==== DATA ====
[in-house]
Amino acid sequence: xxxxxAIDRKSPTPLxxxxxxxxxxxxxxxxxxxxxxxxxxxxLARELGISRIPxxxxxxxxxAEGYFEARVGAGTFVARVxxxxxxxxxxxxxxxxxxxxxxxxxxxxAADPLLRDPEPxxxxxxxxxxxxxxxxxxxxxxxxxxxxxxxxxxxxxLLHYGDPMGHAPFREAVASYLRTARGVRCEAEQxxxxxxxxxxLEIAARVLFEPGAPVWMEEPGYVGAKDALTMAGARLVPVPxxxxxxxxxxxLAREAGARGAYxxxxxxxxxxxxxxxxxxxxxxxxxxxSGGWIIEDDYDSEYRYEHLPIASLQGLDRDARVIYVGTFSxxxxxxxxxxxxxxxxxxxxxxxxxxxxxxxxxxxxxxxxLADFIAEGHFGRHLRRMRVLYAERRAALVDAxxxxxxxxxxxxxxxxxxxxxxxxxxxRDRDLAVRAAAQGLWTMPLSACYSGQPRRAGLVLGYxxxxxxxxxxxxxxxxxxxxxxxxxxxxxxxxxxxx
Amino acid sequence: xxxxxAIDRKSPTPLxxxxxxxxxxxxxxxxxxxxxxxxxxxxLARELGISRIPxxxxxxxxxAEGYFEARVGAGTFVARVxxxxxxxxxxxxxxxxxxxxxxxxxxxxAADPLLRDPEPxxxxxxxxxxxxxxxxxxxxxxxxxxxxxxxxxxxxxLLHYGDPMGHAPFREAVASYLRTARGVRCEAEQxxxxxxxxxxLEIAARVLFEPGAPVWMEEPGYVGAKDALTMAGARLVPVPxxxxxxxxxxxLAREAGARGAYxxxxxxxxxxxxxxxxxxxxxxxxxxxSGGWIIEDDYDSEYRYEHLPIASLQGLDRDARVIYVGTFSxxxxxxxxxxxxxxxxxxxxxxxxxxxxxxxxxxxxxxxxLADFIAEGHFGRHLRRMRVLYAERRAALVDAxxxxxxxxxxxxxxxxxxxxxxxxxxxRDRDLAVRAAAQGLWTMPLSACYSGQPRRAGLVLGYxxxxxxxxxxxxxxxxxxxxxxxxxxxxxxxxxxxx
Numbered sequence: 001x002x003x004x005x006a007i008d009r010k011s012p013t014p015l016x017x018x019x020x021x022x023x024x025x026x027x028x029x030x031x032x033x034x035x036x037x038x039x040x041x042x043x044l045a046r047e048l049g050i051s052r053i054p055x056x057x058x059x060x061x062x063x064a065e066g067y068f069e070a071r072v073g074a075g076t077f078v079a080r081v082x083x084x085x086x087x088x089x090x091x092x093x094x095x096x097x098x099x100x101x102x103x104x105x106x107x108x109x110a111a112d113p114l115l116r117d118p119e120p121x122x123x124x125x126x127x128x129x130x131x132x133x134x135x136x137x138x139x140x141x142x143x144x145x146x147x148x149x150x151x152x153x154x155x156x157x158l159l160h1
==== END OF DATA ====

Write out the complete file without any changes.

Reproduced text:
[in-house]
Amino acid sequence: xxxxxAIDRKSPTPLxxxxxxxxxxxxxxxxxxxxxxxxxxxxLARELGISRIPxxxxxxxxxAEGYFEARVGAGTFVARVxxxxxxxxxxxxxxxxxxxxxxxxxxxxAADPLLRDPEPxxxxxxxxxxxxxxxxxxxxxxxxxxxxxxxxxxxxxLLHYGDPMGHAPFREAVASYLRTARGVRCEAEQxxxxxxxxxxLEIAARVLFEPGAPVWMEEPGYVGAKDALTMAGARLVPVPxxxxxxxxxxxLAREAGARGAYxxxxxxxxxxxxxxxxxxxxxxxxxxxSGGWIIEDDYDSEYRYEHLPIASLQGLDRDARVIYVGTFSxxxxxxxxxxxxxxxxxxxxxxxxxxxxxxxxxxxxxxxxLADFIAEGHFGRHLRRMRVLYAERRAALVDAxxxxxxxxxxxxxxxxxxxxxxxxxxxRDRDLAVRAAAQGLWTMPLSACYSGQPRRAGLVLGYxxxxxxxxxxxxxxxxxxxxxxxxxxxxxxxxxxxx
Amino acid sequence: xxxxxAIDRKSPTPLxxxxxxxxxxxxxxxxxxxxxxxxxxxxLARELGISRIPxxxxxxxxxAEGYFEARVGAGTFVARVxxxxxxxxxxxxxxxxxxxxxxxxxxxxAADPLLRDPEPxxxxxxxxxxxxxxxxxxxxxxxxxxxxxxxxxxxxxLLHYGDPMGHAPFREAVASYLRTARGVRCEAEQxxxxxxxxxxLEIAARVLFEPGAPVWMEEPGYVGAKDALTMAGARLVPVPxxxxxxxxxxxLAREAGARGAYxxxxxxxxxxxxxxxxxxxxxxxxxxxSGGWIIEDDYDSEYRYEHLPIASLQGLDRDARVIYVGTFSxxxxxxxxxxxxxxxxxxxxxxxxxxxxxxxxxxxxxxxxLADFIAEGHFGRHLRRMRVLYAERRAALVDAxxxxxxxxxxxxxxxxxxxxxxxxxxxRDRDLAVRAAAQGLWTMPLSACYSGQPRRAGLVLGYxxxxxxxxxxxxxxxxxxxxxxxxxxxxxxxxxxxx
Numbered sequence: 001x002x003x004x005x006a007i008d009r010k011s012p013t014p015l016x017x018x019x020x021x022x023x024x025x026x027x028x029x030x031x032x033x034x035x036x037x038x039x040x041x042x043x044l045a046r047e048l049g050i051s052r053i054p055x056x057x058x059x060x061x062x063x064a065e066g067y068f069e070a071r072v073g074a075g076t077f078v079a080r081v082x083x084x085x086x087x088x089x090x091x092x093x094x095x096x097x098x099x100x101x102x103x104x105x106x107x108x109x110a111a112d113p114l115l116r117d118p119e120p121x122x123x124x125x126x127x128x129x130x131x132x133x134x135x136x137x138x139x140x141x142x143x144x145x146x147x148x149x150x151x152x153x154x155x156x157x158l159l160h1